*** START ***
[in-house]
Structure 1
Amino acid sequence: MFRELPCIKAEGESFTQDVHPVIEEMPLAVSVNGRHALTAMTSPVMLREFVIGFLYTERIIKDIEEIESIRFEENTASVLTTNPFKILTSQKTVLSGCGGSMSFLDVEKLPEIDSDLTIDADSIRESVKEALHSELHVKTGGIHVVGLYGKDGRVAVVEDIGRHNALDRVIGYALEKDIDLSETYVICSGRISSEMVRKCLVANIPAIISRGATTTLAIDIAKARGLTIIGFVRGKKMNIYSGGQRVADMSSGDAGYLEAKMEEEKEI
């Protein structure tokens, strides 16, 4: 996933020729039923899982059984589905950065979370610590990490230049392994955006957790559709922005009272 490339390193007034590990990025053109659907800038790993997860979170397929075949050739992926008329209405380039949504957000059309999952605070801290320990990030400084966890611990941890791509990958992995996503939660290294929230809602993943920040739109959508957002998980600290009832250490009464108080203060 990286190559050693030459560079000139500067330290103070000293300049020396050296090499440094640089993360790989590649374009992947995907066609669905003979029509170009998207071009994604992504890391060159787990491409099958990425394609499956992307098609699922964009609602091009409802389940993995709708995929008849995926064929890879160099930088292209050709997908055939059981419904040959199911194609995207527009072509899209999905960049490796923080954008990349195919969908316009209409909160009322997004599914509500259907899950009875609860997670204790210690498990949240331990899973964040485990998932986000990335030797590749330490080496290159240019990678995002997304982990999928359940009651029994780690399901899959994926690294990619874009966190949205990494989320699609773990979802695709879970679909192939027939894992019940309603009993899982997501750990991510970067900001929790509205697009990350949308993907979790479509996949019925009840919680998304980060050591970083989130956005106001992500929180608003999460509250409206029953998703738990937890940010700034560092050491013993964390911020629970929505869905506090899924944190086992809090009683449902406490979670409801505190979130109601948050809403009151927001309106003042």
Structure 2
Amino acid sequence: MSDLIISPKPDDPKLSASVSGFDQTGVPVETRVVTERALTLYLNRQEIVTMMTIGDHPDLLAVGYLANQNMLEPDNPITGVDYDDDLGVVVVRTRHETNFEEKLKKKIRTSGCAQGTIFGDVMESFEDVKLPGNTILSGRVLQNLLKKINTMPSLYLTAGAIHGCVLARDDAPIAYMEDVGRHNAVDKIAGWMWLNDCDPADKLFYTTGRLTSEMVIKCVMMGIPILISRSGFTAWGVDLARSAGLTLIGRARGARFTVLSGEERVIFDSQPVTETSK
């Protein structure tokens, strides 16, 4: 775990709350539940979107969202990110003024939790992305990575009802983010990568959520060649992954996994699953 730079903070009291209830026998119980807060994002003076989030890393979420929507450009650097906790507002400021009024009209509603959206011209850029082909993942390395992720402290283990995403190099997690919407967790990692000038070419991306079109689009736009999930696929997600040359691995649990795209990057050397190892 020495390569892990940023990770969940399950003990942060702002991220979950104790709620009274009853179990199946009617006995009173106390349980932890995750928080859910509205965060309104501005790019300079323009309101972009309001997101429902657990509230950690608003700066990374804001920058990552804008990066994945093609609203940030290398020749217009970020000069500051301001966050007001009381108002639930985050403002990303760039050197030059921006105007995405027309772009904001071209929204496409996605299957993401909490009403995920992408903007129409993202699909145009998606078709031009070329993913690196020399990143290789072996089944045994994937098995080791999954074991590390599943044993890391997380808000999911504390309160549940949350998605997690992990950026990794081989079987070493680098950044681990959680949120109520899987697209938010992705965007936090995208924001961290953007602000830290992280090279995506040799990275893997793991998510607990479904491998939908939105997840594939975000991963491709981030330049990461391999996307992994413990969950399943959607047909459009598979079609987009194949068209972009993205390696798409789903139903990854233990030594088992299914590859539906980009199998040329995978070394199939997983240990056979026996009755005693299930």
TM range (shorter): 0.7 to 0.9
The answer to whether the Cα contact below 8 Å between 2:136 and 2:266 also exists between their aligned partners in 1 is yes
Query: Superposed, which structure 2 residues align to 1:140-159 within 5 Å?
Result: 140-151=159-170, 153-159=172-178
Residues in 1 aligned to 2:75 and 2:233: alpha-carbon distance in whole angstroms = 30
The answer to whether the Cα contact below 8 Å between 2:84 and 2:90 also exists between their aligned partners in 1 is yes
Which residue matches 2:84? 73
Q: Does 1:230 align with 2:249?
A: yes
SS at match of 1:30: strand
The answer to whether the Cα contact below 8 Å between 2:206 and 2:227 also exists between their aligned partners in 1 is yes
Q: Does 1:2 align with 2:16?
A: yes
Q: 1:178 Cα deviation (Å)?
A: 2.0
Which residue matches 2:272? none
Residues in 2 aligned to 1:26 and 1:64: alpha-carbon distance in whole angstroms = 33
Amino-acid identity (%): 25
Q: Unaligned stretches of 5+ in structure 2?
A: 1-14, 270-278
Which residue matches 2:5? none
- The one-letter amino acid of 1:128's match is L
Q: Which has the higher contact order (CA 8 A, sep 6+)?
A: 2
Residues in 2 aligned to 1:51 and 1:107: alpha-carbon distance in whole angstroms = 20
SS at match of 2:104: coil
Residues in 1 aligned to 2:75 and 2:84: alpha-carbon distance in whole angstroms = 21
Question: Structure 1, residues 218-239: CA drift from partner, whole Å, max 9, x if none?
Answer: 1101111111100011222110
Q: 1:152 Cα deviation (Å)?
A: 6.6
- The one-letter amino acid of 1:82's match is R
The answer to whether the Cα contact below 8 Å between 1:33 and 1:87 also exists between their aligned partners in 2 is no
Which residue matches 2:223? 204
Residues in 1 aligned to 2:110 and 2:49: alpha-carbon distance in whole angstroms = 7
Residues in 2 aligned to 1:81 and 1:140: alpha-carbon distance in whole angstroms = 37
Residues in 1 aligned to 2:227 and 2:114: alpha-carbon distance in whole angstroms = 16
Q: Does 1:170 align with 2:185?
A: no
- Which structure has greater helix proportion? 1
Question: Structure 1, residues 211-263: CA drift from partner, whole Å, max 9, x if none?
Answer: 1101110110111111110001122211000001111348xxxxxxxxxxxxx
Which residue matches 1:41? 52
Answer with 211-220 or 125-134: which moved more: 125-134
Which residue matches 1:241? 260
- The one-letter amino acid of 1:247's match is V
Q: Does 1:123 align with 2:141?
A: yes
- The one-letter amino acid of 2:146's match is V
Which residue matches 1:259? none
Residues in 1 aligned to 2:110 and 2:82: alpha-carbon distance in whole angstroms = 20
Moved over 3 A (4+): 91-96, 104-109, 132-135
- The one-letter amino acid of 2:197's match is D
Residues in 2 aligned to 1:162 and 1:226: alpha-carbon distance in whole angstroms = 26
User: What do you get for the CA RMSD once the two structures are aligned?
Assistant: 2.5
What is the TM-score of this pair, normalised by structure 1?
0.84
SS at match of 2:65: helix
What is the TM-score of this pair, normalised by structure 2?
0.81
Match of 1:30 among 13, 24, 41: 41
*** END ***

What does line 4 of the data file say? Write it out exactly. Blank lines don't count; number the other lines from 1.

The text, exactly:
């Protein structure tokens, strides 16, 4: 996933020729039923899982059984589905950065979370610590990490230049392994955006957790559709922005009272 490339390193007034590990990025053109659907800038790993997860979170397929075949050739992926008329209405380039949504957000059309999952605070801290320990990030400084966890611990941890791509990958992995996503939660290294929230809602993943920040739109959508957002998980600290009832250490009464108080203060 990286190559050693030459560079000139500067330290103070000293300049020396050296090499440094640089993360790989590649374009992947995907066609669905003979029509170009998207071009994604992504890391060159787990491409099958990425394609499956992307098609699922964009609602091009409802389940993995709708995929008849995926064929890879160099930088292209050709997908055939059981419904040959199911194609995207527009072509899209999905960049490796923080954008990349195919969908316009209409909160009322997004599914509500259907899950009875609860997670204790210690498990949240331990899973964040485990998932986000990335030797590749330490080496290159240019990678995002997304982990999928359940009651029994780690399901899959994926690294990619874009966190949205990494989320699609773990979802695709879970679909192939027939894992019940309603009993899982997501750990991510970067900001929790509205697009990350949308993907979790479509996949019925009840919680998304980060050591970083989130956005106001992500929180608003999460509250409206029953998703738990937890940010700034560092050491013993964390911020629970929505869905506090899924944190086992809090009683449902406490979670409801505190979130109601948050809403009151927001309106003042």